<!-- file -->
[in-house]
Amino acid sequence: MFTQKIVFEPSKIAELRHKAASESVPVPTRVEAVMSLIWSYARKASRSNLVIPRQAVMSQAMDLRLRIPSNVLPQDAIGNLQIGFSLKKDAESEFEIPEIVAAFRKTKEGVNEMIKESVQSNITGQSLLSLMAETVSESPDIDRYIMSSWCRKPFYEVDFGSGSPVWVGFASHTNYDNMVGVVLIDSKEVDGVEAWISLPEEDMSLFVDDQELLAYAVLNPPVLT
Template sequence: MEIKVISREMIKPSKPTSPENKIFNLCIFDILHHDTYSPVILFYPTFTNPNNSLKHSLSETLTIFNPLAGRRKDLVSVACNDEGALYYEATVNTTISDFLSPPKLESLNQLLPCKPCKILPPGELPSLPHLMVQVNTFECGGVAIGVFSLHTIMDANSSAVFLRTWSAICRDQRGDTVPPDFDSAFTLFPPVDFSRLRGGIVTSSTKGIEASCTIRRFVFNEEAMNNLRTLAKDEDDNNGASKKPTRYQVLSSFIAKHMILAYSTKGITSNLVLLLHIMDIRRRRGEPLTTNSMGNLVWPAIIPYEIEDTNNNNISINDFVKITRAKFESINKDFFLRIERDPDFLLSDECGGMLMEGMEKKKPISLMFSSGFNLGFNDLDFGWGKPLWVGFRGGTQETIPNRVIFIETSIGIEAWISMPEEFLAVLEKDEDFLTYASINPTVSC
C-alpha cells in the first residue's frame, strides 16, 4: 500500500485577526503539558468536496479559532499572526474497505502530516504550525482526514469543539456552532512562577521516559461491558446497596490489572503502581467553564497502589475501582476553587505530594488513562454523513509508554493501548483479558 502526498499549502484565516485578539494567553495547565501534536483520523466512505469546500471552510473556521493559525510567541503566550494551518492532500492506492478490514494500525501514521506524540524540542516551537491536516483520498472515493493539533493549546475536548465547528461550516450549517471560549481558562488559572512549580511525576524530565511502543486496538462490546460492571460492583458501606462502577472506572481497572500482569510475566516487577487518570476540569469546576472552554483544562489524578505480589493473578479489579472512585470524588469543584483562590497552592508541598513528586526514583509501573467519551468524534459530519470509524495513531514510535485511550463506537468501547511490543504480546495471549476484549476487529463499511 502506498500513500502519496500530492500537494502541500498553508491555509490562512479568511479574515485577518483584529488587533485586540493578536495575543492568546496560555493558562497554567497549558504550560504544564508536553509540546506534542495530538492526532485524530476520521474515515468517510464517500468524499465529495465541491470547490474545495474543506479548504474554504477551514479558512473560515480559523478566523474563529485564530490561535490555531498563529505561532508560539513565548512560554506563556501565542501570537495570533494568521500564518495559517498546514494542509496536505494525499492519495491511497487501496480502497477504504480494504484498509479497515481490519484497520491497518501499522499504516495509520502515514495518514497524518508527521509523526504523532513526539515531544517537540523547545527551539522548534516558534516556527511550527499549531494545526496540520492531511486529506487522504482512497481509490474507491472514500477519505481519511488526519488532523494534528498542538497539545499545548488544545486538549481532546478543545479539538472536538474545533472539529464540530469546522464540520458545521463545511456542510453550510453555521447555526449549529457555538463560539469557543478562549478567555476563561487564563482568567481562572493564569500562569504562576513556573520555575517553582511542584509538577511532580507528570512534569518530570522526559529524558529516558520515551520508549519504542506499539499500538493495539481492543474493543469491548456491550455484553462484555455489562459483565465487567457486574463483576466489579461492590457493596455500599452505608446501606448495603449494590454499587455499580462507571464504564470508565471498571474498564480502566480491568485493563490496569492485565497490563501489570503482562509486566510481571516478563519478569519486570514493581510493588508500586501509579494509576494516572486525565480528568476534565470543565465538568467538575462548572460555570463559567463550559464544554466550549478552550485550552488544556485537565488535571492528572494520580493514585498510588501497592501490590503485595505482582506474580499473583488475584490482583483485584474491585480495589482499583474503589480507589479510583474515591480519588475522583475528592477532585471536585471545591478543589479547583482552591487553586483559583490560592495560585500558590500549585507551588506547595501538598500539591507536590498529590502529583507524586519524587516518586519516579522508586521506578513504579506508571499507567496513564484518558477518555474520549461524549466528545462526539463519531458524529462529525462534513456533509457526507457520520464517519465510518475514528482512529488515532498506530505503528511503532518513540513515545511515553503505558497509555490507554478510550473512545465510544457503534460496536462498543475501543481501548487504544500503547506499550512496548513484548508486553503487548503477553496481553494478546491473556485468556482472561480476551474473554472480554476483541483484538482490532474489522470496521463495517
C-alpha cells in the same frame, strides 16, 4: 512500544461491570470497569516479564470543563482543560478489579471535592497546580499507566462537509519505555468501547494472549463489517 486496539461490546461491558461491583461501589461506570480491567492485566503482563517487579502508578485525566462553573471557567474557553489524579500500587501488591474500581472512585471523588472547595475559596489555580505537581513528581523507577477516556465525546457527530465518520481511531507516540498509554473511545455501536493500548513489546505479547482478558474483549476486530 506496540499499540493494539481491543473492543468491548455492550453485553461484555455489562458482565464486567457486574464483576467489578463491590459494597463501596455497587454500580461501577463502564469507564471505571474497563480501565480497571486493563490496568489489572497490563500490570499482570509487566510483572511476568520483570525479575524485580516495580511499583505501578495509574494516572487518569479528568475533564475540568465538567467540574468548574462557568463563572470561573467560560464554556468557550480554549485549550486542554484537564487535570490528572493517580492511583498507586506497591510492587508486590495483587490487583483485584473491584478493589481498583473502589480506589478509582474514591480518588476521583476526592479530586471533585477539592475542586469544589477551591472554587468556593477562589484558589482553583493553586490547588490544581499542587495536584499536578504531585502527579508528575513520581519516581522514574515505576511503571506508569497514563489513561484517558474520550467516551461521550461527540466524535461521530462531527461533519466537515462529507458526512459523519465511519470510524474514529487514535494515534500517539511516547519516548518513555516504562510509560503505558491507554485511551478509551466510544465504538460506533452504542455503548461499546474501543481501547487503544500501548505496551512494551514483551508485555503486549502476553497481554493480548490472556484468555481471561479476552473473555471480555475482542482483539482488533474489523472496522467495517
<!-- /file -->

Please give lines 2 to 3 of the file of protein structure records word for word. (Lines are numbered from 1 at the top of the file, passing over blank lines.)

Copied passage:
Amino acid sequence: MFTQKIVFEPSKIAELRHKAASESVPVPTRVEAVMSLIWSYARKASRSNLVIPRQAVMSQAMDLRLRIPSNVLPQDAIGNLQIGFSLKKDAESEFEIPEIVAAFRKTKEGVNEMIKESVQSNITGQSLLSLMAETVSESPDIDRYIMSSWCRKPFYEVDFGSGSPVWVGFASHTNYDNMVGVVLIDSKEVDGVEAWISLPEEDMSLFVDDQELLAYAVLNPPVLT
Template sequence: MEIKVISREMIKPSKPTSPENKIFNLCIFDILHHDTYSPVILFYPTFTNPNNSLKHSLSETLTIFNPLAGRRKDLVSVACNDEGALYYEATVNTTISDFLSPPKLESLNQLLPCKPCKILPPGELPSLPHLMVQVNTFECGGVAIGVFSLHTIMDANSSAVFLRTWSAICRDQRGDTVPPDFDSAFTLFPPVDFSRLRGGIVTSSTKGIEASCTIRRFVFNEEAMNNLRTLAKDEDDNNGASKKPTRYQVLSSFIAKHMILAYSTKGITSNLVLLLHIMDIRRRRGEPLTTNSMGNLVWPAIIPYEIEDTNNNNISINDFVKITRAKFESINKDFFLRIERDPDFLLSDECGGMLMEGMEKKKPISLMFSSGFNLGFNDLDFGWGKPLWVGFRGGTQETIPNRVIFIETSIGIEAWISMPEEFLAVLEKDEDFLTYASINPTVSC